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Disclaimer The opinions expressed in this presentation by Lateral Capital Management, Inc. (“LMCI�) are not an investment recommendation and are not meant to be relied upon in reaching an investment decision. LCMI and its employees, consultants and contractors are not acting in an investment, tax, legal or any other advisory capacity. The opinions expressed herein address a limited number of aspects regarding a potential investment in securities of the companies mentioned and are not a substitute for a comprehensive investment analysis. Any analysis presented herein is illustrative in nature, limited in scope, based on an incomplete set of information, and has limitations as to its accuracy. LCMI recommends that potential and existing investors conduct a thorough investment analysis of their own, including a detailed review of the companies' SEC filings, and consulting a qualified investment advisor. This material is based on information obtained from sources believed to be reliable, but the reliability of that source information. Any opinions or estimates constitute a best judgment as of the date of this presentation and are subject to change without notice. LCMI explicitly disclaims any liability that may arise from the use of this material. 1

Executive Summary [ ]

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Table of Contents 1. Introduction & Background 2. Shale Oil Industry Downturn 3. Valuation Risks 4. Conclusion Appendix: Trading Multiples

Section One

Introduction & Background

Types of Utilities [ ] [Side bar commentary]


Section Two

Shale Oil Industry Downturn

There is Material Geographic Overlap With Major Shale Oil Basins OGS’ gas LDC service territory would appear to have significant exposure to lower economic activity in the tight oil basins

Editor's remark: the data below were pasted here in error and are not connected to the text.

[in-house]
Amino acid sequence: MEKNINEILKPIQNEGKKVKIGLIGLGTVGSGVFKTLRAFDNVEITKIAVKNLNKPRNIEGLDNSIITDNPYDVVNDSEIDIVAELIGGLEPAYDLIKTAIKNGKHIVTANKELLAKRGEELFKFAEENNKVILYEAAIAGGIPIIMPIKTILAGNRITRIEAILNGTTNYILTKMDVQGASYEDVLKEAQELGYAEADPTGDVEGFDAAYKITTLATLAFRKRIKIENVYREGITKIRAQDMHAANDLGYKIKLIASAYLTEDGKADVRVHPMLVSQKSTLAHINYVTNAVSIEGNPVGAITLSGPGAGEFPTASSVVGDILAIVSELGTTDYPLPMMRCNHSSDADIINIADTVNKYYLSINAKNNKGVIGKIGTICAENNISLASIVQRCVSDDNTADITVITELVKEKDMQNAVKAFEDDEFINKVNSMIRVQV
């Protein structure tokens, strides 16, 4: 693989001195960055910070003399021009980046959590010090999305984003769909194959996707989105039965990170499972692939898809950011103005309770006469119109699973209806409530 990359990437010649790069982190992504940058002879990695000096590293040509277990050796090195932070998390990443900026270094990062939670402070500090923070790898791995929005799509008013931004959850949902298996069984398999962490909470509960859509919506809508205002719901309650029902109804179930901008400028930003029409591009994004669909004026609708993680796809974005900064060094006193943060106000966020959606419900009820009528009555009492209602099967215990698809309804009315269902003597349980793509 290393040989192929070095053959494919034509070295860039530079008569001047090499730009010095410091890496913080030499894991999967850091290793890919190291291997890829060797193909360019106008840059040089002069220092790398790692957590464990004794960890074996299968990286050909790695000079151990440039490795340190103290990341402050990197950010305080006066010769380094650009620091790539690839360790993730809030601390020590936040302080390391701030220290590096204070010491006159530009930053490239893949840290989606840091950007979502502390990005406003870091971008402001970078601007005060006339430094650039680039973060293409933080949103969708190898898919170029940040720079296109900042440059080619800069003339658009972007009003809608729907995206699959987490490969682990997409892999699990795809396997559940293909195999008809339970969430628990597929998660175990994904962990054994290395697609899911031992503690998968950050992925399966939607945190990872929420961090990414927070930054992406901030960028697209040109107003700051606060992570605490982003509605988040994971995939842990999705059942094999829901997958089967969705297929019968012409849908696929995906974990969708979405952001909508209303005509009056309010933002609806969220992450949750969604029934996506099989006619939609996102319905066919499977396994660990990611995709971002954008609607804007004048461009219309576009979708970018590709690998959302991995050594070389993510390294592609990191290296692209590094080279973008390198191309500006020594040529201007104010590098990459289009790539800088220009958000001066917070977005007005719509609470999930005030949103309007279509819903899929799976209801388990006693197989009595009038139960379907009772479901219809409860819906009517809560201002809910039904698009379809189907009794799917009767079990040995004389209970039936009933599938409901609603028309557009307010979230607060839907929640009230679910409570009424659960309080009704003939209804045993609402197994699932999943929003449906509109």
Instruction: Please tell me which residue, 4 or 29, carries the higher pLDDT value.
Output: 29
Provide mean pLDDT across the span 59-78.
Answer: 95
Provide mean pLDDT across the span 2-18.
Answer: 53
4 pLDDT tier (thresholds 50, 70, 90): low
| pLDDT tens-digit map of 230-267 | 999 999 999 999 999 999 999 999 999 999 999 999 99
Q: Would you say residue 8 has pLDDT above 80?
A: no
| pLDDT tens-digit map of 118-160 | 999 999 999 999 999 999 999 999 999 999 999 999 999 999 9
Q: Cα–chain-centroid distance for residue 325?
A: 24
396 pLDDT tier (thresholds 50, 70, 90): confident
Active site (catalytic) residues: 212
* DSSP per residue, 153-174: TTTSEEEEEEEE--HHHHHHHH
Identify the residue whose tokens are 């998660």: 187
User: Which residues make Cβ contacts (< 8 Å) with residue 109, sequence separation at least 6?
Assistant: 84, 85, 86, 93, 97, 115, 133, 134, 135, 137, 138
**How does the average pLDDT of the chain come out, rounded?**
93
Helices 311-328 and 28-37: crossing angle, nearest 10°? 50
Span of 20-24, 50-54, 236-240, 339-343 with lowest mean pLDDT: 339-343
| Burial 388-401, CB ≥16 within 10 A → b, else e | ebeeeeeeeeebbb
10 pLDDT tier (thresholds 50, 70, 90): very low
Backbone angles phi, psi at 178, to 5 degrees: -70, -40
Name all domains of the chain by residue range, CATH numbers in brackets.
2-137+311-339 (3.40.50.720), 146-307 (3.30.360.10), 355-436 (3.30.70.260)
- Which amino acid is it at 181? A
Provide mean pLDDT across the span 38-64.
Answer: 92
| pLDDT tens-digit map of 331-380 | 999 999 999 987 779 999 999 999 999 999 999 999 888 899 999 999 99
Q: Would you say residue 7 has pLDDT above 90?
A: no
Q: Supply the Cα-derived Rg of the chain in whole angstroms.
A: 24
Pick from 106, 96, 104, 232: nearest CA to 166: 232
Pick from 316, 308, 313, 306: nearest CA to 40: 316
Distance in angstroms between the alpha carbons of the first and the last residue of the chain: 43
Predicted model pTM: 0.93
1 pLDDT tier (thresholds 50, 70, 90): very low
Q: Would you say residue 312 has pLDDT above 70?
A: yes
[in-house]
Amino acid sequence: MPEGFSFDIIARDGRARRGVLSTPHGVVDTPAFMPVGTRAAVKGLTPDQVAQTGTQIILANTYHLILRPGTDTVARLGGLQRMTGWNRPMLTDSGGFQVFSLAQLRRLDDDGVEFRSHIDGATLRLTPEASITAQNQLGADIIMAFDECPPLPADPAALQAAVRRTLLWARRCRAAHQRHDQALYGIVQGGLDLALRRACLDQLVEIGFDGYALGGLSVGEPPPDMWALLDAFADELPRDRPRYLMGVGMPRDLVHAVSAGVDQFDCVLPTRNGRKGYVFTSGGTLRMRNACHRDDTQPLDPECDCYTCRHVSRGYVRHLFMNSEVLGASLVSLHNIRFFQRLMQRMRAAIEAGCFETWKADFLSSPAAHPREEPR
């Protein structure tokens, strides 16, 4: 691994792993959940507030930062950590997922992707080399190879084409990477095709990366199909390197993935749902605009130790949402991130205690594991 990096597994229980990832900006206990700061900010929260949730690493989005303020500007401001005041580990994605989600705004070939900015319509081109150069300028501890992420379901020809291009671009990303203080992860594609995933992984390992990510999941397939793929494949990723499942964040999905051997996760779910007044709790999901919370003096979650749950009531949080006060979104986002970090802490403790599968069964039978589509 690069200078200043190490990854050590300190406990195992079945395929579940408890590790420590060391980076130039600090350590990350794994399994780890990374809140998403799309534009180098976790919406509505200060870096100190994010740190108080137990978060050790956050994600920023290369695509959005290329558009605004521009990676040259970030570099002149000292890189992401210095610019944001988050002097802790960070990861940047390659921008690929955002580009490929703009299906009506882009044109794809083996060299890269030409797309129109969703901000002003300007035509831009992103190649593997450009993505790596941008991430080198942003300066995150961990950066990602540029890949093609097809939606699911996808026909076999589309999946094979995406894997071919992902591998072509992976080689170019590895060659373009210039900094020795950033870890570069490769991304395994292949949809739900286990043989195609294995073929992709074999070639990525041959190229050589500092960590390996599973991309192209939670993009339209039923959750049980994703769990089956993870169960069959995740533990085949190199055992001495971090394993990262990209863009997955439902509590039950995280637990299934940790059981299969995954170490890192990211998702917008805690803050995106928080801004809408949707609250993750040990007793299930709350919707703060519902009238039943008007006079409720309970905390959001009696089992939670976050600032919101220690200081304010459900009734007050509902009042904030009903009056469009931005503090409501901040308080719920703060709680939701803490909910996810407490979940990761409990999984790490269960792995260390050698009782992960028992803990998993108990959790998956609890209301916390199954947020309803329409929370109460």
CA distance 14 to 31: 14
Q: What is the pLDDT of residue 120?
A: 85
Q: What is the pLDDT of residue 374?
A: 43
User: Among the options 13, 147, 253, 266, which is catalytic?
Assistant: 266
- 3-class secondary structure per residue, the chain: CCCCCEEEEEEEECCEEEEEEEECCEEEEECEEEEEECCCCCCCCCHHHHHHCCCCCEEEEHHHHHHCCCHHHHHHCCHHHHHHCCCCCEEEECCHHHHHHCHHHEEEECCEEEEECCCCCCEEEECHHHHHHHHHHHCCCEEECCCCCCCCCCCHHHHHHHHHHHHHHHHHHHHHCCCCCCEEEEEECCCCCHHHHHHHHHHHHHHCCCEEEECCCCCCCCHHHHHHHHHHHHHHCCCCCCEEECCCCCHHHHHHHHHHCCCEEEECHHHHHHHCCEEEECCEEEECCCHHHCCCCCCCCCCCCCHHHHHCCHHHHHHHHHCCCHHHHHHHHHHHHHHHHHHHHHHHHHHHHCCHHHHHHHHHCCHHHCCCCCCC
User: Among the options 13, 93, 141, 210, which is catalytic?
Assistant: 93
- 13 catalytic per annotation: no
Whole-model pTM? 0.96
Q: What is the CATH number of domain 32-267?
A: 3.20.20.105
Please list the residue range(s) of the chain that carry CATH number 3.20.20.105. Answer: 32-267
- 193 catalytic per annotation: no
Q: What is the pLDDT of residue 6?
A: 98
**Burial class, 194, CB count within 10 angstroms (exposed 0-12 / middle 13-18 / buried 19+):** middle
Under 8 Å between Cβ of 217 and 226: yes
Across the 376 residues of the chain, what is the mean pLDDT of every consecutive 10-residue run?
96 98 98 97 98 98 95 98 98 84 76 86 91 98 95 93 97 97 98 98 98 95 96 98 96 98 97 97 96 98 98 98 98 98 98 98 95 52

Figure 1


Atmos Energy Service Territory In addition to OGS, ATO and CNP also have material gas LDC overlap with the major tight oil basins. However, ATO’s service territory extends beyond tight oil basins and CNP owns a vast number of additional businesses

Our best “pure play” example of potential gas LDC exposure to declining tight oil production in the lower 48 would appear to be OGS


[ ] [ ] Figure 2


The Declining Horizontal Well Rig Count Is Obvious from late 2014 [ ] Figure 3


US oil production in 2015-16 Only Declined Marginally from 2014-15 However, the dramatic decline in the US rig count suggests further production declines are in store Figure 4


Onshore Crude Oil Stock Are Reaching Record Levels Another reason to expect US crude oil production to decline in the near future. In fact, there is data suggesting that onshore crude oil storage is nearing its physical capacity limits

Figure 5


At First Glance, OGS Volumes Are Being Impacted By the Oil Downturn Both volumes sold and volumes delivered by the gas LDC subs are showing materially declines yearover-year

Figure 6


However, Most of the Reduction is Due to Unseasonably Warm Weather All 3 of the OGS gas LDC regions experienced significant HDD reductions in 2015 (except for Q1 2015 in Texas)

Figure 7


[ ] [ ] Figure 8


OGS Customer Numbers Have Increased in Recent Quarters As Have Gross Margins. Suggesting that any impact from lower crude oil production has been mitigated by other factors. Including weather normalization provisions.

Figure 9


Crude Oil Production in OGS States [ ] Figure 10